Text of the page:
Originality is dead! Why do we even bother? The more we paint audiences as a horde of simpletons who only react positively to brand recognition, the easier it gets for studios to handwave original successes as bizarre flukes. This is why directors who make legitimately original films often get turned into their own brands. That way, a movie like Inception didn't succeed because it was an "original film," but rather because it was a "Christopher Nolan film." This hilarious need for director branding in the face of originality is so strong that it often upstages common sense.
As evidenced by the wailing groan your brain is making right now.
Because when studios are handed films that can't be easily categorized, things often get super wacky. Observe And Report and Rules Of Attraction are randomly advertised as romantic comedies, while Drive becomes the next Fast & Furious. Tomorrowland -- a Disney movie about a girl going on a sci-fi adventure -- was tragically advertised as a JJ-Abrams-style mystery box focused around 50-year-old George Clooney. If there was ever a clear lesson from that flop, it's that Hollywood has a severe advertising problem ... right?
Film journalists could have told them that a long time ago.
Movies Don't Know How To End Anymore
No doubt you've noticed that post-credits scenes are happening more and more frequently, and to less and less deserving films. At face value, it's an attempt by studios to copy Marvel's cinematic success. And why shouldn't they? After-credits scenes are the easiest way to set up a sequel without compromising the film itself. They're aimed squarely on audience members who enjoyed the film enough to sit through the credits, and studios can use that buzz to gauge the demand for more films. Everybody wins!
Except any sad soul hoping this was really gonna happen.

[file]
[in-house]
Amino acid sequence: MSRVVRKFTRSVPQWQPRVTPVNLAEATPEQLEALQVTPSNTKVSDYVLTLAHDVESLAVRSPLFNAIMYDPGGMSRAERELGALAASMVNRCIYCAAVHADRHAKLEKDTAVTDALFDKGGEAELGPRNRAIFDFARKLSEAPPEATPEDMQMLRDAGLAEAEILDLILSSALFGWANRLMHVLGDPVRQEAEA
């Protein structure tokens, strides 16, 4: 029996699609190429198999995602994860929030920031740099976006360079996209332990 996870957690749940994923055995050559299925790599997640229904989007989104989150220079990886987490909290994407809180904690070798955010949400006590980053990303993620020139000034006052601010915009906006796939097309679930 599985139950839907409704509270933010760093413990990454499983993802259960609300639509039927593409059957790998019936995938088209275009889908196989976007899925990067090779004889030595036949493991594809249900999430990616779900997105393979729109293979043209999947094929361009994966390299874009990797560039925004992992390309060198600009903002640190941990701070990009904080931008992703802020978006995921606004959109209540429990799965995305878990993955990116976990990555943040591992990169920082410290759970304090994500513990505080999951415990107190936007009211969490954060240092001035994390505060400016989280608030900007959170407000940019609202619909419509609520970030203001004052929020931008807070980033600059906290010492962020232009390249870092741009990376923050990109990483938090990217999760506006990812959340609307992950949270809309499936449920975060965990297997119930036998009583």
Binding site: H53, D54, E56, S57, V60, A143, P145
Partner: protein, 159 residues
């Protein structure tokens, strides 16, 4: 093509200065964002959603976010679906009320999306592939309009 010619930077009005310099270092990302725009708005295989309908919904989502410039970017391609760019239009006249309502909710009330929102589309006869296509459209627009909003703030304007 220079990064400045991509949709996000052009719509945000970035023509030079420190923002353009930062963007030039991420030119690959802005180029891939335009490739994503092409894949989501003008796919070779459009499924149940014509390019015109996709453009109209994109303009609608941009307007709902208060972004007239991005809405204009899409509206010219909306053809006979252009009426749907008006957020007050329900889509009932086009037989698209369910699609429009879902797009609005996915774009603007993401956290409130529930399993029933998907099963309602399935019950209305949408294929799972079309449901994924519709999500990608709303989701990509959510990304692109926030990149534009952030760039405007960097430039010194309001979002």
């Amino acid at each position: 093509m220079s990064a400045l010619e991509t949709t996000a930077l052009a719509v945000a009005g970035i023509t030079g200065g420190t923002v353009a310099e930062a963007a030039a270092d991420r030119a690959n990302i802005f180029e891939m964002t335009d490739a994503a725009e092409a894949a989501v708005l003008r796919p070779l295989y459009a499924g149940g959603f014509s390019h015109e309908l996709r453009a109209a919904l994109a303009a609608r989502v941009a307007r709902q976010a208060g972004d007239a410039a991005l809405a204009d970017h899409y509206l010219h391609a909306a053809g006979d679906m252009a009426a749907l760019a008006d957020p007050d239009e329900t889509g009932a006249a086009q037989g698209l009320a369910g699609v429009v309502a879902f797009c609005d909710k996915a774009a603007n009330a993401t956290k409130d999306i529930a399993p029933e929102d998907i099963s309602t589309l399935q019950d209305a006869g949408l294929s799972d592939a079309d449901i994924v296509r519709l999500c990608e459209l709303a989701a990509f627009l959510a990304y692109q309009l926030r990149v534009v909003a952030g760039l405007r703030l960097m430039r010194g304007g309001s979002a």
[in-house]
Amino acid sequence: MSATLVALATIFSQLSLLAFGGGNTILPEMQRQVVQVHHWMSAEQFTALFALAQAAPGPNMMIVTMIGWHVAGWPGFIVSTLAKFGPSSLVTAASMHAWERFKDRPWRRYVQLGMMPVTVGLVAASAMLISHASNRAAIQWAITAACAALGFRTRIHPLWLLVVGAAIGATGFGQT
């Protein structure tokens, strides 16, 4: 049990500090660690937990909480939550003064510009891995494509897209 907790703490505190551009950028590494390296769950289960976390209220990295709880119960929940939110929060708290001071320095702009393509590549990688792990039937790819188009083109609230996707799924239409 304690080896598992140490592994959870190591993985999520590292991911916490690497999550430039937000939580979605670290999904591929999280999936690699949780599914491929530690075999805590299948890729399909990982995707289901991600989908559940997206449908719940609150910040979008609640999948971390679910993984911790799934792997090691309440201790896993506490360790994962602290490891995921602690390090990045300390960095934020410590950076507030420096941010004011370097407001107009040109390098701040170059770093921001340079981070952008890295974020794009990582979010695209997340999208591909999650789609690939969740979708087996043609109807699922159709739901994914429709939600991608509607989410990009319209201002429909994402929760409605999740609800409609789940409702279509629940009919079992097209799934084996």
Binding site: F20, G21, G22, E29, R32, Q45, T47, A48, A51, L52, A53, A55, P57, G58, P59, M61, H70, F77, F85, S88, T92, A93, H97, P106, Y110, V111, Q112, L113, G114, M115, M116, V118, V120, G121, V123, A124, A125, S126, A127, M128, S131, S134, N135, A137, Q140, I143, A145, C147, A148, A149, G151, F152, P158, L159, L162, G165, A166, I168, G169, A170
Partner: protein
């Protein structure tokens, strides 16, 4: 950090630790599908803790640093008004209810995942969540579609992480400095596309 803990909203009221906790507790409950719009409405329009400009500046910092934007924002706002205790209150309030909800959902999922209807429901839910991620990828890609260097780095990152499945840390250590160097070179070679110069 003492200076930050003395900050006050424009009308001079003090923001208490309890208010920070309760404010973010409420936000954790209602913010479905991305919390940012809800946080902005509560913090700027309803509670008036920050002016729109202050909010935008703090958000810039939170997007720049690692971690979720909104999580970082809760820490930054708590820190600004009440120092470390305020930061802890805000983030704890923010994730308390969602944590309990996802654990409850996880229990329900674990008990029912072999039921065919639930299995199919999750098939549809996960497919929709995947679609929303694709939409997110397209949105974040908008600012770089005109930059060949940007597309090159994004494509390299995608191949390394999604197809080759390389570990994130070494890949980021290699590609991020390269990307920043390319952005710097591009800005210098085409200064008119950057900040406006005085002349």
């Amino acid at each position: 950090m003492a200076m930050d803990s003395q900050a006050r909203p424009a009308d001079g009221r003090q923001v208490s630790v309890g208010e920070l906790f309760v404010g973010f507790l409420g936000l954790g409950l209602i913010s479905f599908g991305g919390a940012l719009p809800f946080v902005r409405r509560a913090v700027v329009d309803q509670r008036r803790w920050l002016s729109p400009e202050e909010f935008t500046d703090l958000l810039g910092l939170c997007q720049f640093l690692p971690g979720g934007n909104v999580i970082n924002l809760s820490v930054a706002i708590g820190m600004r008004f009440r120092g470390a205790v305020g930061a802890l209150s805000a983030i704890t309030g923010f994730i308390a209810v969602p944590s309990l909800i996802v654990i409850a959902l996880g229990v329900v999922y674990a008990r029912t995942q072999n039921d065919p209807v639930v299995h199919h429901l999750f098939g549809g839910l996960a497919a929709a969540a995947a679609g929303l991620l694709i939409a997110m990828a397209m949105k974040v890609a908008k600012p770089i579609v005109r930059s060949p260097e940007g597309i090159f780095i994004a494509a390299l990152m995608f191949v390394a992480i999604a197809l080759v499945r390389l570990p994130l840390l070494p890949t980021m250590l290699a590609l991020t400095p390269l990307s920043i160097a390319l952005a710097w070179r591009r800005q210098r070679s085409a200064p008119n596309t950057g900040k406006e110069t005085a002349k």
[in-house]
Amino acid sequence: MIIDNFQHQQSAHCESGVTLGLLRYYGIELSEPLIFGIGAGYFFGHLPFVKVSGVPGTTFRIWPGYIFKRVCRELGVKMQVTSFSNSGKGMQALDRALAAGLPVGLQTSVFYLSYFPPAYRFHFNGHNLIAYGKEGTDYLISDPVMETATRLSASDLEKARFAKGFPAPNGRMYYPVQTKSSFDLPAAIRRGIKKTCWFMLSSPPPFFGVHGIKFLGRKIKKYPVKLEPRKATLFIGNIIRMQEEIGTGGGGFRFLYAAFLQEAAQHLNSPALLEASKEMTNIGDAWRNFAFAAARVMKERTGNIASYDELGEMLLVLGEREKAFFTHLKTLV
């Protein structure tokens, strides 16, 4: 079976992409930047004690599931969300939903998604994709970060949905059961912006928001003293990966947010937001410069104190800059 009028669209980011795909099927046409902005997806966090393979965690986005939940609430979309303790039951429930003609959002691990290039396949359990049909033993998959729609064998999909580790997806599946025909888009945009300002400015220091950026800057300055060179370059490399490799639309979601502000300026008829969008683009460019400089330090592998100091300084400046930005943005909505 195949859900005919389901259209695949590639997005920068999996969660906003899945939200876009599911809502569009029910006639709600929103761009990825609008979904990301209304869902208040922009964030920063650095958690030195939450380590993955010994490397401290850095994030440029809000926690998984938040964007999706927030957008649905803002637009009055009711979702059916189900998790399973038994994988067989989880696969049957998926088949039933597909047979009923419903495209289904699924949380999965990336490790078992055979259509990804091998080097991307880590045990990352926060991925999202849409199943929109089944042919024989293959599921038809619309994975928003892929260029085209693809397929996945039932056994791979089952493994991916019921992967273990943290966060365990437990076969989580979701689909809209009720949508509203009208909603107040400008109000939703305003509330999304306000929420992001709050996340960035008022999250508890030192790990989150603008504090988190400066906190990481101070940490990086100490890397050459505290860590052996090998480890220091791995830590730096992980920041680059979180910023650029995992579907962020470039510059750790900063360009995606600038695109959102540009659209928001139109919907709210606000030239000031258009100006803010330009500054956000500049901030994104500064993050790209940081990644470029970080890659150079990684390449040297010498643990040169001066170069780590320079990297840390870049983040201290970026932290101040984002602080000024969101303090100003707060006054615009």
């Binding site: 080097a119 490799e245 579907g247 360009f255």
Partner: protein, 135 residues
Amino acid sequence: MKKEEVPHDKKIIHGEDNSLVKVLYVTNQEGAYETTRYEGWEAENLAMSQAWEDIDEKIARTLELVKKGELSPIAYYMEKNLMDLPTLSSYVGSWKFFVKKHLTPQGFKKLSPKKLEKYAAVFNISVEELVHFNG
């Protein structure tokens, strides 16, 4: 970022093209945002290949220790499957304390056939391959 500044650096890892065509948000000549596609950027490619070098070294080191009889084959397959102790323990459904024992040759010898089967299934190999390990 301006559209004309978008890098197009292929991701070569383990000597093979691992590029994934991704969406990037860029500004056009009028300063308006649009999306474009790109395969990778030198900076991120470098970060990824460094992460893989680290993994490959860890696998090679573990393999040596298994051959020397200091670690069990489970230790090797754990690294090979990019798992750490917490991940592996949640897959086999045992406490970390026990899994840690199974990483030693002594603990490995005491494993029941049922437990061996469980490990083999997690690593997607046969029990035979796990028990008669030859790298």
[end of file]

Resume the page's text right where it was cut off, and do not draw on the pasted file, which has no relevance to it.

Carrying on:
But as franchises were mapped out years in advance, post-credit teasers became less of an Easter egg and more like an arms race. Films began adding mid-credit scenes in addition to the ones after the credits, and soon after did we see entire plotlines affected by sequel pandering. Rise Of The Planet Of The Apes was originally written to kill off James Franco's character to end Caesar's tragic arc, but instead opted to keep him alive in case he was needed for a sequel ... only to end up killing him off in between films anyway.
In the industry, they call this "pulling a Han."
Modern films are sacrificing brevity and conclusiveness for franchise-building. Age Of Ultron's producers forced Joss Whedon to add a baffling cave scene to set up a Thor sequel. The Amazing Spider-Man 2 spent all its energy on endless Sinister Six references instead of being a good film. And Batman V. Superman brought its entire storyline to a screeching halt to give us a fucking PowerPoint presentation on the Justice League.
Ironically, Wonder Woman has to watch a ten-second ad for Marvel's Agents Of SHIELD before each clip.
This is the cinematic equivalent of taking your blind date maternity clothes shopping. It's looking so far into the future that you forget to notice what's important now. But more than anything, the constant promise of more is making individual movies less special.
"Not if you don't hand over the gems right now, Mr. Bond."